Friday, January 28, 2011


I just got a very humbling email from my critique partner. God bless her, she was quite honest about the amount of work that I need to do. I'm not being sarcastic here, I truly appreciate her bluntness. It was what I needed to hear. Definitely not what I wanted to hear, but what I needed nonetheless. And I can't imagine that's an easy crit to write, so props to her for doing it.

I'm not going to lie, I feel pretty shattered. I'm sitting here right now thinking that writing just may not be my thing. Kind of like how I enjoy baking, but my cakes aren't that pretty to look at. Or how I can coordinate an outfit, but I'd never be hired as a wardrobe coordinator. And that's cool. Sometimes you like doing things and you're okay at them, but you're not that great and you need to accept that. I mean, it mostly breaks my heart to write that, but truth is truth. Right?

Funny thing is, the novel I sent her is about a girl who, when presented with a challenge, when things don't go as hoped or planned, assumes it wasn't meant to be and moves on. She doesn't see that she's cheating herself. She's missing the opportunity to achieve something through adversity and hard work. And we all know, those successes are the most meaningful.

So I'm probably going to drink myself silly tonight. And I'm probably going to wake up tomorrow wanting to die. And then I'm probably going to eat something greasy, go for a run, then figure out how I need to tackle my plot problems. Maybe I'm not meant to be a writer. Maybe. Maybe I'll never have an agent,be published, see my words printed on anything other than my own printer paper. Okay. But that will be the case after I've done my best. Not just gave it a go, but really busted my bottom to write some kick-ass novels. Because I'd hate to think that I missed out on my chance to better myself because I quit too soon.


  1. This is right on, Kate. I've often taken this exact step back and questioned if I have what it takes.

    I'm not sure that I do, but like you, I'm not going to give up. My best work is still to come.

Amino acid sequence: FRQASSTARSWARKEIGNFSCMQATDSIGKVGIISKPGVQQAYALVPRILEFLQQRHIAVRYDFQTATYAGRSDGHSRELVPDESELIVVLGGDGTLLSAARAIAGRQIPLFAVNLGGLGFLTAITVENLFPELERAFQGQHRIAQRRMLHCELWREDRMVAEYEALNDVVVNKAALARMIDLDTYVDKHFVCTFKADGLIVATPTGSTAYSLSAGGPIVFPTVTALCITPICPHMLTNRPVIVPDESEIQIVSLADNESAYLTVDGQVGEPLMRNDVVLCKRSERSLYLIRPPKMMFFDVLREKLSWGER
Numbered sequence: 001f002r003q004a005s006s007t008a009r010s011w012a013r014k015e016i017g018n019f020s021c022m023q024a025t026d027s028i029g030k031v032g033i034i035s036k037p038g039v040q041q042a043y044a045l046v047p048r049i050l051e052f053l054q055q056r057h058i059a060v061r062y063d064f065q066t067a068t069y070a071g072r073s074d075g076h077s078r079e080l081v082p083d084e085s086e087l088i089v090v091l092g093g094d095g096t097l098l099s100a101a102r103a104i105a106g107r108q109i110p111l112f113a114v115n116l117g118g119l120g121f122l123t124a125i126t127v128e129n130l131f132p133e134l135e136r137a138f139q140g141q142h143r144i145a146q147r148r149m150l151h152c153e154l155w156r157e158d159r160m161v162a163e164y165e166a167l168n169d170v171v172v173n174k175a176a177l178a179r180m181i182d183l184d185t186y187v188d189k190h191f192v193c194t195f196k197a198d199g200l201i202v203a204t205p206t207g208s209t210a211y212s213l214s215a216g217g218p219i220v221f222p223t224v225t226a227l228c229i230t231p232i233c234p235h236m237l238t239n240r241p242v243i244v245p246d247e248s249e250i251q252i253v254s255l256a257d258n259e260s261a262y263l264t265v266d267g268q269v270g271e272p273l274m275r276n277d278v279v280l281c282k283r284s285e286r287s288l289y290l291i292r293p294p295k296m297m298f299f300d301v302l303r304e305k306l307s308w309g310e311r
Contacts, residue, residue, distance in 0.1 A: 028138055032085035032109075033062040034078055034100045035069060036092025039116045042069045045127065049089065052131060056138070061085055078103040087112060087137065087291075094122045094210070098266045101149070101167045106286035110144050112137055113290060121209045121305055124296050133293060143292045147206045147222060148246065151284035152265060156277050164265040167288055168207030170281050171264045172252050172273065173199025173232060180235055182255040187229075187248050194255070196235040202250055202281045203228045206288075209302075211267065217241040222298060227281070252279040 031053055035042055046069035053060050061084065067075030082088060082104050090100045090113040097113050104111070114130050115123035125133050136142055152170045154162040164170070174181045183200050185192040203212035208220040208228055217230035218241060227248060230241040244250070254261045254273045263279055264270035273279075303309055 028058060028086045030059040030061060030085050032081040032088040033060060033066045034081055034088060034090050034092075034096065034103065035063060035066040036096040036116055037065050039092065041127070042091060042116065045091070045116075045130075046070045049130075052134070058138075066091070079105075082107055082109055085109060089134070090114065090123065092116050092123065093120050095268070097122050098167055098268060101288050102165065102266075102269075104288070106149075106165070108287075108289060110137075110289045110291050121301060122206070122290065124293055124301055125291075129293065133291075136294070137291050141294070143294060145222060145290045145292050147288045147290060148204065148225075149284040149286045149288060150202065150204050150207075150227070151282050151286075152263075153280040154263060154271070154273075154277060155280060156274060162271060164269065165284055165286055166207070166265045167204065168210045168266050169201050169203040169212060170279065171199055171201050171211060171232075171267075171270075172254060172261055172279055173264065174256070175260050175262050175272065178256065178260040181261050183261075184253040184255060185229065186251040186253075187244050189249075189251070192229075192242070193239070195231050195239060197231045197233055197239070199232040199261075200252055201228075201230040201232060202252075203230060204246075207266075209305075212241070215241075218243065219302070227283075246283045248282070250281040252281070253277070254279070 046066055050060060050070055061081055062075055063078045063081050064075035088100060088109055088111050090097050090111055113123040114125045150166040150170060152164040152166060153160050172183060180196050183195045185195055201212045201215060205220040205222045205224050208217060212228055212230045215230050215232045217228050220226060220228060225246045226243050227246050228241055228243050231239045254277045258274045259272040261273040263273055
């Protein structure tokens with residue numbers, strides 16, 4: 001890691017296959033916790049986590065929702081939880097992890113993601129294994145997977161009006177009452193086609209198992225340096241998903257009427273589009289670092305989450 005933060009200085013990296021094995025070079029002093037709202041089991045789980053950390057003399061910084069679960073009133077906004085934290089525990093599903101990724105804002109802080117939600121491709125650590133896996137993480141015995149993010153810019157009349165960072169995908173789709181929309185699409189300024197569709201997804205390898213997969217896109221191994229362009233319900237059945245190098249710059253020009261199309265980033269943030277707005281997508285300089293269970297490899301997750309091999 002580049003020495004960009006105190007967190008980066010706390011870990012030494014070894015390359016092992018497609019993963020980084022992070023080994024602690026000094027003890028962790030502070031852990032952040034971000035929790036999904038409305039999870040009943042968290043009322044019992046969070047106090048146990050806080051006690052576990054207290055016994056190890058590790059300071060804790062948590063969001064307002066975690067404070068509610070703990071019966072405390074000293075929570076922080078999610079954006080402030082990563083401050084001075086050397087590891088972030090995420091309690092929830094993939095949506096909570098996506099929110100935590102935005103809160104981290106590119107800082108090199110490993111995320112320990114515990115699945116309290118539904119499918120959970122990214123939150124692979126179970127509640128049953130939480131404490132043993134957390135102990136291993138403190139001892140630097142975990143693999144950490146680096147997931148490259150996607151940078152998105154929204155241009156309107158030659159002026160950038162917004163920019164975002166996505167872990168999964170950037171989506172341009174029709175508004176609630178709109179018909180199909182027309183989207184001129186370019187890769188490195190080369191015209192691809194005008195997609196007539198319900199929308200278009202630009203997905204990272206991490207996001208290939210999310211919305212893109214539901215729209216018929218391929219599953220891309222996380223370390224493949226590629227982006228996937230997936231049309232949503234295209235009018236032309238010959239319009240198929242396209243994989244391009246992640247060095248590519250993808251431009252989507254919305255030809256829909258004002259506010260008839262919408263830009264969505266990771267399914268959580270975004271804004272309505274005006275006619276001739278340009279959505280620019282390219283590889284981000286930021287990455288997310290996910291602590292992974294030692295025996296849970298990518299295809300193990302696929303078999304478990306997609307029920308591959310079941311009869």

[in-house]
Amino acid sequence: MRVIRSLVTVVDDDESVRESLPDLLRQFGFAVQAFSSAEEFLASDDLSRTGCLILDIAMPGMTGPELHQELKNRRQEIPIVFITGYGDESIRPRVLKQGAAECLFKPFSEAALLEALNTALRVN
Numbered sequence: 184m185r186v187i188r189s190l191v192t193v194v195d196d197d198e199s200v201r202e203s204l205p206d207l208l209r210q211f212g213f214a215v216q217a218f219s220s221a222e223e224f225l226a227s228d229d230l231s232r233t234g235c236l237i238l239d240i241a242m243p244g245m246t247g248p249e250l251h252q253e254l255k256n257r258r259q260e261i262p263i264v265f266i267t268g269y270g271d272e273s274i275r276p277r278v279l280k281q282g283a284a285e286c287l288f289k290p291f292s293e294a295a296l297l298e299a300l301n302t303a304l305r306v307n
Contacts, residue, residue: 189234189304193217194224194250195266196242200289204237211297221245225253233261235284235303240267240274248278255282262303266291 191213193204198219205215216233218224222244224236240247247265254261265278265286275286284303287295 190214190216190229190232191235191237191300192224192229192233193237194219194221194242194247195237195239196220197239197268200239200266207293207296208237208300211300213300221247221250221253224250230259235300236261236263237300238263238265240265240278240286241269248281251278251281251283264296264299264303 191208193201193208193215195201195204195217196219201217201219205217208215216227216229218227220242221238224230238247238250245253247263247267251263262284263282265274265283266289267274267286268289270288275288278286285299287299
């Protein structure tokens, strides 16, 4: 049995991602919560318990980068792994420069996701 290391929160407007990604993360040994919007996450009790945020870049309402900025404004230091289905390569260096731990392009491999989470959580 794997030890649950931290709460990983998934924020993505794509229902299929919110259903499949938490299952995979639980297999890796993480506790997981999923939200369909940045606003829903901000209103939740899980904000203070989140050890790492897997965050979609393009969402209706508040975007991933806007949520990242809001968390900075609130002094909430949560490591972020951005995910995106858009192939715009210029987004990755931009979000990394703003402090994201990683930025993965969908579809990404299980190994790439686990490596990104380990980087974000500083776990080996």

From what I know about you, you have a voice and a tenacity I envy.

    Keep that in mind while you drink yourself silly.

  2. I totally hear what you're saying. But it sounds like you have some good perspective on the whole matter. I've never met or talked to or heard of a writer who didn't have self-doubt about their abilities at some point in their writing life. It seems like it's par for the course in this field. I think as long as you're writing the stories that you have to tell and that only you can tell, you'll find fulfillment and validation as a writer.

    Keep at it-- doubt is part of the game. I think your approach is inspirational to other writers, because this would be the point where many people would throw in the towel. Good for you :)

  3. Well, this gal here definitely doesn't think you should quit. Not at all. Some things are hard to learn, and take many books to practice (nine, *ahem*). You've got a voice and -- clearly -- stories to tell.

    I'm rooting for you, and here if you need me.

  4. Girls, your comments are a testimony to the inherent goodness of people.

    Harley May- I didn't drink nearly as much as I used to be able to, causing me to also question my competence as an alcoholic. I will, however, prevail in that arena as well. It's about the work and the positive attitude, right? Maybe Donald Maass wrote a book on drinking...

    Kristin- Thank you. I wish we, as writers, would talk about it (the doubt) more. I mean, I get annoyed with the "I quit" updates I sometimes see on Twitter, but my heart breaks right along with the writers who question themselves. Writing isn't like math- there's no concrete answer- it's so subjective, and it's so emotionally vulnerable. I feel sadness when I see writers prefacing their discouraged posts with an apology. Or are embarrassed. I honestly believe, like you said, that everyone has these moments. Too bad we pretend at confidence because we're afraid to show weakness. That kind of an admission humanizes us.

    Weronika- Thank you. Really, thank you. I'm going to be fine. I think I just needed a day of indulgent self-pity and a day off in order to get my head straight. And now, *she leans in and whispers*, I have plans.